Supreme Court Rejects Time Limit on Copyright Infringement Damages

The U.S. Copyright Act provides a three-year statute of limitations for infringement claims. In other words, a copyright owner must bring their claim within three years after it “accrues.” Many federal courts have applied a concept called the discovery rule to this statute of limitations. They allow a copyright owner to bring a claim up to three years after they find out about the infringement.

A case arising from the Eleventh Circuit Court of Appeals, which applies the discovery rule, recently raised a different timing question. In 2018, a Miami music producer sued a subsidiary of Warner Music. He sought damages under the Copyright Act for infringements dating back to ten years earlier. The music company did not argue that the statute of limitations blocked his lawsuit entirely. Instead, it argued that he could get damages only for infringements within the last three years.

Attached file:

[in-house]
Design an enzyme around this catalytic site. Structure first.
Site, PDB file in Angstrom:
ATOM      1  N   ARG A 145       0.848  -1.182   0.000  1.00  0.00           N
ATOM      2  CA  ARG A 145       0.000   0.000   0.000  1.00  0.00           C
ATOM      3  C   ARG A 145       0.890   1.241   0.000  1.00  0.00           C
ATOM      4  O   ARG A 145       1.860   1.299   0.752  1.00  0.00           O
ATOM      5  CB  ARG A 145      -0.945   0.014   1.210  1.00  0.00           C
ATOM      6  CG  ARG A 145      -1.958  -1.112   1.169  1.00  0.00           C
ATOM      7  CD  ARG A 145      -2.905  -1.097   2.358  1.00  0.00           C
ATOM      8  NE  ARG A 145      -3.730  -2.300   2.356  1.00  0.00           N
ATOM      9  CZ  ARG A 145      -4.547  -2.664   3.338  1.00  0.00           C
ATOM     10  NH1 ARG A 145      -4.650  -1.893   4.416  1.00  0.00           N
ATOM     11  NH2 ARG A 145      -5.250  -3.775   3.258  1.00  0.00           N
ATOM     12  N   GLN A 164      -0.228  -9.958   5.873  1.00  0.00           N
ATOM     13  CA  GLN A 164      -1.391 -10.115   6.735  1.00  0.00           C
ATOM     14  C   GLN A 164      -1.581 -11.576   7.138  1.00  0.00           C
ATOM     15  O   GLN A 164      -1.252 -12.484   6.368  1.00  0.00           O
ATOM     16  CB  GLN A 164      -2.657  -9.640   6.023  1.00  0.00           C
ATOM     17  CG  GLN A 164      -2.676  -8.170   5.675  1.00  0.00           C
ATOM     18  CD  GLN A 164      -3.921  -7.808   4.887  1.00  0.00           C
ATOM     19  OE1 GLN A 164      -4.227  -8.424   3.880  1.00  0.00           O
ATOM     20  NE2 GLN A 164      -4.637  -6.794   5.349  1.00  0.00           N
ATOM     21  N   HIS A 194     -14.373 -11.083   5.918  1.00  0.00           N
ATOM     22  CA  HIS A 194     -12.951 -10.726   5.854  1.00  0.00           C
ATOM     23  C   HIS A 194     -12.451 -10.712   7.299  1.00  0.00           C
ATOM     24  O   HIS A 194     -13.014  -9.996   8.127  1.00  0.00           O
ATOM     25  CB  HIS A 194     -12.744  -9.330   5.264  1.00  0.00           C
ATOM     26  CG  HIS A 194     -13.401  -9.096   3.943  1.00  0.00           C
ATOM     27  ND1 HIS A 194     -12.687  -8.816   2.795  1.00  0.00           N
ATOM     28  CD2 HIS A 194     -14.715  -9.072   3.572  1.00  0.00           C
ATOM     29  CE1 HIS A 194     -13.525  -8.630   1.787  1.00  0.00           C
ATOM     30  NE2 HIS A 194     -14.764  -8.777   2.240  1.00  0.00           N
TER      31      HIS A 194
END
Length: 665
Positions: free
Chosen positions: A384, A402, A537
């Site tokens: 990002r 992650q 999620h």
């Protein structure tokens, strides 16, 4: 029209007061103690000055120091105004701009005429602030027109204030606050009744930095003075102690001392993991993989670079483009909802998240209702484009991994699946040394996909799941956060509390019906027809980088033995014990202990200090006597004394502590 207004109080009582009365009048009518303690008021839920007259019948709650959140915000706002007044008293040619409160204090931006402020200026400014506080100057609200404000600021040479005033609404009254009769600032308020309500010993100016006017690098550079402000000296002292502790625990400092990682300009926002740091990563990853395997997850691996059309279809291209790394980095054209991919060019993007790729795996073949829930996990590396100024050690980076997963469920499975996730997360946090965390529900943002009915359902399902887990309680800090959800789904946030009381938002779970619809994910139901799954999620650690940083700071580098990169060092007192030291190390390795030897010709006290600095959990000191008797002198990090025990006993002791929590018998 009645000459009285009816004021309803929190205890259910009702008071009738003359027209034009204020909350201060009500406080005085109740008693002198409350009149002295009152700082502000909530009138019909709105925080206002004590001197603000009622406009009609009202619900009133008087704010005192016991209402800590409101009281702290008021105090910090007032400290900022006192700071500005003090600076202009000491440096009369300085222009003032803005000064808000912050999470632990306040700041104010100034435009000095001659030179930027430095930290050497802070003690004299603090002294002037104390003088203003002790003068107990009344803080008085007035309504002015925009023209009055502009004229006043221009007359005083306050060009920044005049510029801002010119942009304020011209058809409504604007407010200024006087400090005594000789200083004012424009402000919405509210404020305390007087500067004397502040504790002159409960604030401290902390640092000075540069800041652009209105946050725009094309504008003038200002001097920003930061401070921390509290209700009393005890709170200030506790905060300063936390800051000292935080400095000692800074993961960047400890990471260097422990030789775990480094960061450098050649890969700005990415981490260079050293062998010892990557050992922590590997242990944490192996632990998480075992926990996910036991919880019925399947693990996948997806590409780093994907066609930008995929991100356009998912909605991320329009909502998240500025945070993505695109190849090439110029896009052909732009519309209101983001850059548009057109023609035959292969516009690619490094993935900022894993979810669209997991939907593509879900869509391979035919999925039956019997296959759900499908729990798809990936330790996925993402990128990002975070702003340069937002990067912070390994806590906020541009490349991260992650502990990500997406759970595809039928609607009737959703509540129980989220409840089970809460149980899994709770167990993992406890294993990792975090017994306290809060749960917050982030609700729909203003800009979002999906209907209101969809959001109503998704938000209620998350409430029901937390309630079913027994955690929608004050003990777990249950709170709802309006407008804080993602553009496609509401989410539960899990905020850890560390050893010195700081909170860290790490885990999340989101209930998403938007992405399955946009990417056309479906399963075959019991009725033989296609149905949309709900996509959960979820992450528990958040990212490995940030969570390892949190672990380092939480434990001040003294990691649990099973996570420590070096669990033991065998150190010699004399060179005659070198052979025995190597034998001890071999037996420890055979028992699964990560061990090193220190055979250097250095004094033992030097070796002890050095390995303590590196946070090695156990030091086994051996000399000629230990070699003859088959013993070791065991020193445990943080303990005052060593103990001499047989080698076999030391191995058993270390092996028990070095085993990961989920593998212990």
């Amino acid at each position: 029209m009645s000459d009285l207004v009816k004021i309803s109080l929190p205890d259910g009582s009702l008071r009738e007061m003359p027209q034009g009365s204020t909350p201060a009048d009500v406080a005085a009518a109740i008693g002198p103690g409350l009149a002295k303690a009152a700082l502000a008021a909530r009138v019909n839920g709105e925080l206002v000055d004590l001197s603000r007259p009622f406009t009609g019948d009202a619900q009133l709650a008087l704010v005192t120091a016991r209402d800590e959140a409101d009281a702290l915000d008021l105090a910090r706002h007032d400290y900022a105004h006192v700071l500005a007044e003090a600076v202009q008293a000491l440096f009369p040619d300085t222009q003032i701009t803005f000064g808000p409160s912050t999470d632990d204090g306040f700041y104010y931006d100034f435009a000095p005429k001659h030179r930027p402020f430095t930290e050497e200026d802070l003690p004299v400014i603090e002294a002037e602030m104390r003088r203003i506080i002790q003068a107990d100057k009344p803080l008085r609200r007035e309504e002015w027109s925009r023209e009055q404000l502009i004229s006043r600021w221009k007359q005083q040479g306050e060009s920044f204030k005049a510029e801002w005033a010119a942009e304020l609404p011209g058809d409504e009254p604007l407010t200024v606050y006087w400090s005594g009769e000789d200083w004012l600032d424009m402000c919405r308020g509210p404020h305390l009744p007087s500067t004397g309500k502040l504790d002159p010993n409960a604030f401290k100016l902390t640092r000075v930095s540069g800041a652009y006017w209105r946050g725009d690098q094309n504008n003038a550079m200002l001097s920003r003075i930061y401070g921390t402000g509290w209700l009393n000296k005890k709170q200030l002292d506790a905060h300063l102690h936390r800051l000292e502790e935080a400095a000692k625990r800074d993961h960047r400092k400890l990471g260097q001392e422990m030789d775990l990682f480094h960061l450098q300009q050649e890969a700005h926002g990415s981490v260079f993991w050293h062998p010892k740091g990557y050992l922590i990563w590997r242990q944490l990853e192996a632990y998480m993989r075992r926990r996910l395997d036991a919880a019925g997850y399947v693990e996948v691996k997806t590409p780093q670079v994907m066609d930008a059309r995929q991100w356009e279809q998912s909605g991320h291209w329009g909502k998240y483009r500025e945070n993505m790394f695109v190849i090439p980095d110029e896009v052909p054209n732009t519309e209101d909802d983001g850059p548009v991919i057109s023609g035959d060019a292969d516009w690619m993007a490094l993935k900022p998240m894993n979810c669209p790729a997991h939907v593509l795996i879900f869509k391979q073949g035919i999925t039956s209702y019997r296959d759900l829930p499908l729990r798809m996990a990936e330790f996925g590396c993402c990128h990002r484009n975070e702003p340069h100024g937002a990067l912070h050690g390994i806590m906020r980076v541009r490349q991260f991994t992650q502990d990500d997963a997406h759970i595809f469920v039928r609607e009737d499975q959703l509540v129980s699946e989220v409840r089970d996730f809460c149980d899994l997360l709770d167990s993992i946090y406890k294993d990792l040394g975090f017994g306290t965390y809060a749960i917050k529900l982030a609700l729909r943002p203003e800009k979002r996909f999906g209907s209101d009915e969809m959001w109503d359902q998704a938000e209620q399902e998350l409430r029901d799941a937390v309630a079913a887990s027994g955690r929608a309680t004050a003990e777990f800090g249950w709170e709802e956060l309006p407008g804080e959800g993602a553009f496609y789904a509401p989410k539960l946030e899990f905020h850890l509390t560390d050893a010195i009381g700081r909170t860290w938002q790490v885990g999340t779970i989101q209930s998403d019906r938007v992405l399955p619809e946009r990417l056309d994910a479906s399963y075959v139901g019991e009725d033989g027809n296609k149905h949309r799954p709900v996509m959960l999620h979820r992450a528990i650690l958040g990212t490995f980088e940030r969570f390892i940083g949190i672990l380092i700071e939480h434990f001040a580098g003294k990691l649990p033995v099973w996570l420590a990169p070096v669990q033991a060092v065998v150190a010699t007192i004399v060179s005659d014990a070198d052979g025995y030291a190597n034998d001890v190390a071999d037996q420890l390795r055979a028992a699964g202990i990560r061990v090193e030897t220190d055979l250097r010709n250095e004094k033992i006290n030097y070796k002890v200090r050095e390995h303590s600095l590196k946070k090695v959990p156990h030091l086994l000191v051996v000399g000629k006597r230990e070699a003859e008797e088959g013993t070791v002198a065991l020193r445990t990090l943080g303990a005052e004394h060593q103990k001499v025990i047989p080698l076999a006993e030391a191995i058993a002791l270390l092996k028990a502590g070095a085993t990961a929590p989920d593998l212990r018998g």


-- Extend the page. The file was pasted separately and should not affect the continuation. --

The Eleventh Circuit ruled in favor of the producer on this issue. This clashed with a decision by the Second Circuit, leading the U.S. Supreme Court to review the case. Last week, the Supreme Court adopted the approach of the Eleventh Circuit. Justice Elena Kagan wrote for a six-Justice majority in finding that a copyright owner may recover damages for any claim that is timely under the statute of limitations. Kagan noted that the text of the Copyright Act contains no specific time limit for damages. She also pointed out that applying a damages bar essentially negates the discovery rule. It would implicitly make the three-year statute of limitations run from when the infringement occurred. (Establishing liability for past infringement does little for a copyright owner if they cannot recover damages for it.)

The Supreme Court noted that it did not address the issue of whether the discovery rule should apply to the general statute of limitations. The music company had not raised this issue in the lower courts, so the court lacked the authority to raise it on its own. If parties in a future infringement case dispute this issue, the Supreme Court can address it at that stage.

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